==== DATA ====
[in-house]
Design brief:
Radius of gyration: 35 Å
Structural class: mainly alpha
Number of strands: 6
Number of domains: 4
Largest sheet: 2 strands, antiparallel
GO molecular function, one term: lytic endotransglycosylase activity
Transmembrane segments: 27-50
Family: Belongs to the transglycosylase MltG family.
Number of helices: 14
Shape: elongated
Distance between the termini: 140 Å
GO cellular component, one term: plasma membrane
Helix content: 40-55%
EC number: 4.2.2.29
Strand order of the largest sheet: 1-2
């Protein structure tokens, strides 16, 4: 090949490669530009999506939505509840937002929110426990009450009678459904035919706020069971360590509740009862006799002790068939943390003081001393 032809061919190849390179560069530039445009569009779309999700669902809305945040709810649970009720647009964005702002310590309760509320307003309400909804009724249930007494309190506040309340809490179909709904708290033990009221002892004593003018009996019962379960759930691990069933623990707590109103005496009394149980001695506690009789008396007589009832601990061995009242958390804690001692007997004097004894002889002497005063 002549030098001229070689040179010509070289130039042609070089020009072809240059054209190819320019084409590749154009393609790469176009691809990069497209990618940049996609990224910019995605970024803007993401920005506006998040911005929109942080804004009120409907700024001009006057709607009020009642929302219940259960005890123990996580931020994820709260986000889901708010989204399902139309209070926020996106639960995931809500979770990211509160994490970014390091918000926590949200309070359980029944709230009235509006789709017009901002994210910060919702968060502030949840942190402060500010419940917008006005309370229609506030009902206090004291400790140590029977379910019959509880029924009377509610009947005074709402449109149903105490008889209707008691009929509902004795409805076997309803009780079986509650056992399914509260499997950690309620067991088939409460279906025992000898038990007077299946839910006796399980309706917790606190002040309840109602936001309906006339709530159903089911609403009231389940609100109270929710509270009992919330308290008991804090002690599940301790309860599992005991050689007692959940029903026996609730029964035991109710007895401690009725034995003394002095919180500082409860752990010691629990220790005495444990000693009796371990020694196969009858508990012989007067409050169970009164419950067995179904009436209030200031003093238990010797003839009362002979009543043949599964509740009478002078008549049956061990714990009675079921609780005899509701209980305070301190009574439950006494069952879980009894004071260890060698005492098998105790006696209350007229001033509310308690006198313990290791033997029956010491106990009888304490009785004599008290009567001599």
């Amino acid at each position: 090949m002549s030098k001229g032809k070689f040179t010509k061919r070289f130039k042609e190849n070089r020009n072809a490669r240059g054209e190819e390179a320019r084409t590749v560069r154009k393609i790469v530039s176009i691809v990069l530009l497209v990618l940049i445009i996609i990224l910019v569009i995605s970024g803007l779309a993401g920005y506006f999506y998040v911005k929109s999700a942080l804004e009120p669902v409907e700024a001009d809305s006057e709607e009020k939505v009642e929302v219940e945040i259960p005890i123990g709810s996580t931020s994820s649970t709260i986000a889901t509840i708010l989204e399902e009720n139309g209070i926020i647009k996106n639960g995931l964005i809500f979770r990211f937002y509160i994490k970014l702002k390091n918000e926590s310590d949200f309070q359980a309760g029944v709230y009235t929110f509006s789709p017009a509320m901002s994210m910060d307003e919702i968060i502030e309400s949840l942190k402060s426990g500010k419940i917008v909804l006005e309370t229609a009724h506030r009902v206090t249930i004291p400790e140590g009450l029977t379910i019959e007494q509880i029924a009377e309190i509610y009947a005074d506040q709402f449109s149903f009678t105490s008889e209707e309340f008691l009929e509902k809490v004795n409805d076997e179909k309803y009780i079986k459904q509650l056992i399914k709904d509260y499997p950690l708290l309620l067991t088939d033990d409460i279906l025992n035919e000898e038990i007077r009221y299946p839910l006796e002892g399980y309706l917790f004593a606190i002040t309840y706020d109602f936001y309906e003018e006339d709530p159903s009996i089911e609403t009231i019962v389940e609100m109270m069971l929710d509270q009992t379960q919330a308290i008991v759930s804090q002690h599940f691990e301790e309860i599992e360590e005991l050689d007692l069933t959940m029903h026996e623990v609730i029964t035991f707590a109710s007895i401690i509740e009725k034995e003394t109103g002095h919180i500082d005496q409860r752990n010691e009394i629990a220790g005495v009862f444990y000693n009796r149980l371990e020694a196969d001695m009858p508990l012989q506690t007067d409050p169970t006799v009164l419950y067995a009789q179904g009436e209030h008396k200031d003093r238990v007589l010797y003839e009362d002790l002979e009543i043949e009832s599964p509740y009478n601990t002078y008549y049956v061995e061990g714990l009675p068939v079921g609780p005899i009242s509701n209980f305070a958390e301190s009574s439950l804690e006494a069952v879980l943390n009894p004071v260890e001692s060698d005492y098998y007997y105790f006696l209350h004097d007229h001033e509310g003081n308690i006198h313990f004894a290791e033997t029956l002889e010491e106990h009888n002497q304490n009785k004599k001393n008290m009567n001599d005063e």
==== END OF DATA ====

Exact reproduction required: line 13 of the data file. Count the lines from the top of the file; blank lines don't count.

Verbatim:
Distance between the termini: 140 Å